When the involvement of a state, an international organization, or an NSAG in a pre-existing NIAC takes the form of military support – for the benefit of one party against another – that has a direct impact on the enemy’s ability to carry out its military operations, including the use of force, intelligence activities (immediately used in military operations), or participation in the planning and coordination of military operations, the involvement might effectively make that supporting entity a co-party while illogically allowing it to avoid responsibility for its IHL obligations and simultaneously claim protection from direct attacks. As a result, as explained in the Opinion Paper, the classical criteria must be complemented by taking a support-based approach to third-party operations in pre-existing NIACs.

In other situations when there is no pre-existing NIAC, several states, organized armed groups, or international organizations may operate in a coalition where there is a clear coordination between these entities. To avoid legal and operational loopholes, the ICRC submits in the Opinion Paper that when multiple organized armed actors maintain a sufficient level of coordination in a coalition, the intensity between each of them and an opposing party may be aggregated when considering whether the threshold of intensity has been reached.

Finally, today, many NIACs around the globe do not take the form of traditional civil wars, but they are nevertheless governed by IHL applicable to NIACs. The territorial scope of NIACs has been the subject of some debate when a conflict spills over into neighbouring territory or in the case of interventions in a foreign state. In these situations, there are cogent legal and humanitarian reasons to argue that IHL applies beyond the territorial state’s borders – the parameters of that extra-territorial application are discussed in the Opinion Paper. On the other hand, in relation to other situations of transnational violence, the ICRC’s position is clear that there cannot exist a conflict of “global dimensions” between a state and an NSAG.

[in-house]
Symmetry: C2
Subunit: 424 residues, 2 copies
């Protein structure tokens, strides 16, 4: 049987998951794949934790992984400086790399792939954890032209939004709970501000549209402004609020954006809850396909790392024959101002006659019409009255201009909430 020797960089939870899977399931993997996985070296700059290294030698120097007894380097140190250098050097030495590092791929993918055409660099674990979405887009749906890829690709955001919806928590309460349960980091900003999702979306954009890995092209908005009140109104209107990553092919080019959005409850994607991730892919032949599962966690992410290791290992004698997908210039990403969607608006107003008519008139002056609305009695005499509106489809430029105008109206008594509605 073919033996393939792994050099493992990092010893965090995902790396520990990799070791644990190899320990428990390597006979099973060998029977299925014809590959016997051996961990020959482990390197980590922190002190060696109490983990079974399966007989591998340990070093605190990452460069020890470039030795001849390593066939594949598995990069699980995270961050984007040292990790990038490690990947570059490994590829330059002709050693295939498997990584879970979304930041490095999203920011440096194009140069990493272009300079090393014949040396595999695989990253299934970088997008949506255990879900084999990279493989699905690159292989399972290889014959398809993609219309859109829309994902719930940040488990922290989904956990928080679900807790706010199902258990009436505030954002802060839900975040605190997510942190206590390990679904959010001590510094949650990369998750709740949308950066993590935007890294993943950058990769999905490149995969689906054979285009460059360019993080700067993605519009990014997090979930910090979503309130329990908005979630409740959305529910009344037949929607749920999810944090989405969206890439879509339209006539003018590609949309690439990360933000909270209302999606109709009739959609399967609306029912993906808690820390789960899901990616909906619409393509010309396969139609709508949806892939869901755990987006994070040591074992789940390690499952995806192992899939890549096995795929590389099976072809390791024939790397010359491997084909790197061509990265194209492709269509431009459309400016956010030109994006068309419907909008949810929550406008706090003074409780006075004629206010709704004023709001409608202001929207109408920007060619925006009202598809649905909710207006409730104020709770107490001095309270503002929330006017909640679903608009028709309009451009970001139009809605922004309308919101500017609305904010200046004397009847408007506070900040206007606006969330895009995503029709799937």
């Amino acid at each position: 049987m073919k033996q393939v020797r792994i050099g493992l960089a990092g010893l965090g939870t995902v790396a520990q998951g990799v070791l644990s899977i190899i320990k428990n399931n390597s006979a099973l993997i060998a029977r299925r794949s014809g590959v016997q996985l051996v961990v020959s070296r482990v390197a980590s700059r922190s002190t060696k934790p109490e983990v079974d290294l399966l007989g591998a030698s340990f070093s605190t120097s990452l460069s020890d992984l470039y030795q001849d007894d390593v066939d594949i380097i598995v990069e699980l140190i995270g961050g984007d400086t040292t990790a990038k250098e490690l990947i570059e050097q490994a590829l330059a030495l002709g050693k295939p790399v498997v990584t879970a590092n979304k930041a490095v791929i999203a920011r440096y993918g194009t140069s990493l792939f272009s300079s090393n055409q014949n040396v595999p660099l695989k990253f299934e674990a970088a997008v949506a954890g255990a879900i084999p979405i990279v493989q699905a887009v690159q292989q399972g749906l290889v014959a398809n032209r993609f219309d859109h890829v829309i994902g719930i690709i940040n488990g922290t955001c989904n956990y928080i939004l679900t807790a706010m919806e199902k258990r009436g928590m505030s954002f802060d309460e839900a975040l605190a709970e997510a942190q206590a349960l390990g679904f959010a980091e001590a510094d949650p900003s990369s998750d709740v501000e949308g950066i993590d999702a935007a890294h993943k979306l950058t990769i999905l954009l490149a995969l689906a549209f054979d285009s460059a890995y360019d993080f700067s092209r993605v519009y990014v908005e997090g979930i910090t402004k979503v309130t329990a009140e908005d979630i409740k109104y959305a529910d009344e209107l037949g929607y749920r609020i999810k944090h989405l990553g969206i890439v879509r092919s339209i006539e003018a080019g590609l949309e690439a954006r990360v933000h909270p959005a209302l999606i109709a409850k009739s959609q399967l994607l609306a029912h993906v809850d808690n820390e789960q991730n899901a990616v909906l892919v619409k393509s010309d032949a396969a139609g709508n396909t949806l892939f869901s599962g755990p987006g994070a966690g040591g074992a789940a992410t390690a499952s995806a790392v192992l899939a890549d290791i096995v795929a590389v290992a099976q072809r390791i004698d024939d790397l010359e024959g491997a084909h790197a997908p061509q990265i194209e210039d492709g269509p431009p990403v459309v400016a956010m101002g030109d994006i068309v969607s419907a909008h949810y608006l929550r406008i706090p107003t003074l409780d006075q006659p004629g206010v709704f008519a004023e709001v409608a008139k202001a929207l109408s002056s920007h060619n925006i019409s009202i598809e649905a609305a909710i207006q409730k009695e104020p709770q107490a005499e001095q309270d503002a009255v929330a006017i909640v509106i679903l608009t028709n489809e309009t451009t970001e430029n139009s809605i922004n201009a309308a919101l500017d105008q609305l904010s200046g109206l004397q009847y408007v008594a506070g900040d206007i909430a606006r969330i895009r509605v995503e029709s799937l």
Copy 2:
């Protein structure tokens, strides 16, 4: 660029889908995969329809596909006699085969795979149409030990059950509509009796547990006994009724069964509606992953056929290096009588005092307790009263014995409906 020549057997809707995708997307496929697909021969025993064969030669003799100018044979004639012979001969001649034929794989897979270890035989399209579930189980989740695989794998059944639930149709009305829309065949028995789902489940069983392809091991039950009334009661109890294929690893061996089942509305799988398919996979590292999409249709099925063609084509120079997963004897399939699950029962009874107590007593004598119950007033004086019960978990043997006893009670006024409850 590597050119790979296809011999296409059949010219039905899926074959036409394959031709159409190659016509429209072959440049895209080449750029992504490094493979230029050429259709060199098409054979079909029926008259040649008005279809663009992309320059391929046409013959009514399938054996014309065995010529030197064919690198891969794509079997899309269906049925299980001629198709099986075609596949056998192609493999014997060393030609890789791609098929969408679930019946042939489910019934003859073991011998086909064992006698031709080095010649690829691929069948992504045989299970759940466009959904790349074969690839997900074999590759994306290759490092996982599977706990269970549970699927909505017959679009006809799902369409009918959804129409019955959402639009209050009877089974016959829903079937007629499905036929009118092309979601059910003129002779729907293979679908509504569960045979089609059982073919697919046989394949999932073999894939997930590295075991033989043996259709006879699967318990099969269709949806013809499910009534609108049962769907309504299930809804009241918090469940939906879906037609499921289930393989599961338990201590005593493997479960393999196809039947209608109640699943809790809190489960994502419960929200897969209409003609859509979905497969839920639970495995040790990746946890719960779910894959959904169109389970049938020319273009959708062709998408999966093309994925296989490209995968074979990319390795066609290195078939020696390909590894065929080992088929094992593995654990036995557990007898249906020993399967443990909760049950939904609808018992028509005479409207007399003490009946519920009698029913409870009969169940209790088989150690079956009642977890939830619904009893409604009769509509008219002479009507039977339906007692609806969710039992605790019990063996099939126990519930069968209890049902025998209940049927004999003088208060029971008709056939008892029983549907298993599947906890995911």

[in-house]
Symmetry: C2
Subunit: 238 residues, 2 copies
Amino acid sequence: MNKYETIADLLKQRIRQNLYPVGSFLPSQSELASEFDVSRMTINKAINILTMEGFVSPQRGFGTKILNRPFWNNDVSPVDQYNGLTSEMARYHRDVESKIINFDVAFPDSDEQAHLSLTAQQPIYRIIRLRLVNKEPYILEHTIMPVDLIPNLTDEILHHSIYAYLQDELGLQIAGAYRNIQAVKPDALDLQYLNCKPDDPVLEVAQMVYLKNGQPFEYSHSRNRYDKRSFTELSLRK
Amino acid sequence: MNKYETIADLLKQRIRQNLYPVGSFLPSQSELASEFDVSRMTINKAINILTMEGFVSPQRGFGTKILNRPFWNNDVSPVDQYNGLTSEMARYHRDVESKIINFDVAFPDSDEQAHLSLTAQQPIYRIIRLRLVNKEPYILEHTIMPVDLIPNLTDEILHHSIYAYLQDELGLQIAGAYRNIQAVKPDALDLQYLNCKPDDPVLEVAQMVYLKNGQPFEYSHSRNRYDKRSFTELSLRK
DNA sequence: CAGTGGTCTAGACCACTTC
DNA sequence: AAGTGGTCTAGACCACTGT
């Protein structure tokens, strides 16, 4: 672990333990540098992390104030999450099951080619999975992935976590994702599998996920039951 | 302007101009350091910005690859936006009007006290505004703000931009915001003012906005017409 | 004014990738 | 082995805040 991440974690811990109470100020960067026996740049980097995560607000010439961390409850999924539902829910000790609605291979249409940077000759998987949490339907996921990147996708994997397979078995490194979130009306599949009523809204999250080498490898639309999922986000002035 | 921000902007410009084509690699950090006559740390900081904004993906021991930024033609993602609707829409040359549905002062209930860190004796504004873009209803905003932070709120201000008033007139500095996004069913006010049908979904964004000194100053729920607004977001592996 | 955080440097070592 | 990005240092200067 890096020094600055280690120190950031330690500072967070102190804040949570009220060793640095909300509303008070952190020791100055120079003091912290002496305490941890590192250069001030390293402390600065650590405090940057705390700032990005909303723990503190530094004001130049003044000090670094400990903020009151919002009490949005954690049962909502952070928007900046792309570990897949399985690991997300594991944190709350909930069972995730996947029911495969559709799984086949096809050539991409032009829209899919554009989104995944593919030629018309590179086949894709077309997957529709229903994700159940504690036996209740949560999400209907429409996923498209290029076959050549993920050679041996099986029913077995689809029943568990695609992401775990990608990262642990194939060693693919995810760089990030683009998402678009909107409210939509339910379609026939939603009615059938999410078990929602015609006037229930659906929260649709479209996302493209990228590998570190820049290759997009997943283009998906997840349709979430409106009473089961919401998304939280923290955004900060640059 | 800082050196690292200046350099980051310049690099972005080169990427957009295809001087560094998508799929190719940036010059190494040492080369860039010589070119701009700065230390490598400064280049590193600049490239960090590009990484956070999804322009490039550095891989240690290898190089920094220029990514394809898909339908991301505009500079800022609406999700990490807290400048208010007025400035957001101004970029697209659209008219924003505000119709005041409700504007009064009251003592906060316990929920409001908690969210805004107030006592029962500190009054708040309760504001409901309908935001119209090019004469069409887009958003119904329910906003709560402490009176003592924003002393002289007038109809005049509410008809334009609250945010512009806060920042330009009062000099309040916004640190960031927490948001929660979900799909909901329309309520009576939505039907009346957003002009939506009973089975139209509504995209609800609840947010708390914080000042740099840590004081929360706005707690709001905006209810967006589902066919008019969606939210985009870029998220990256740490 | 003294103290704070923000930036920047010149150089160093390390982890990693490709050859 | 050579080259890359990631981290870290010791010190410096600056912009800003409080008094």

The end of an armed conflict

In defining the notion of armed conflict, the 2024 Opinion Paper not only considers classification, but of course how conflicts are also declassified ­– that is, when they come to an end. Importantly, declassification is not as simple as applying the criteria for classification in reverse. As with the classification of conflicts, the declassification of conflicts is based on the facts on the ground rather than on political instruments or declarations. For IACs, this means that a conflict comes to an end when there is a general close of military operations – explained in detail in the Opinion Paper. Similarly, a NIAC comes to an end when one of two conditions is reached: either one of the parties to the conflict ceases to exist, or there is a lasting cessation of armed confrontations without a real risk of resumption.


Adaptability does not require reinventing the wheel. Identifying changes remains as important as recognizing that the vast majority of rules – in particular those on classification and declassification – remain the same. Indeed, in a world characterized by increasing polarization between states and the oftentimes casual use of ill-defined notions such as “hybrid threats” and “proxy wars”, it is important to recall that political discourse must not obfuscate the legal classification or declassification of an armed conflict. Armed conflicts are classified, and rules applied, based on the facts on the ground – and the 2024 Opinion Paper presents the ICRC’s view on how this work is done today.

The Opinion Paper does not address every challenge to the classification and declassification of contemporary armed conflicts – several challenges remain, and more will surely come as conflicts continue to evolve. But by implicitly acknowledging the space for the notion of armed conflict to continue to develop over time and emphasizing the inherent adaptability of the Geneva Conventions as illustrated by the malleability of the notion of armed conflict under IHL, the Paper reinforces the key message that even in these trying times, the contemporary application of the law is what we should strive for to be perfect and complete.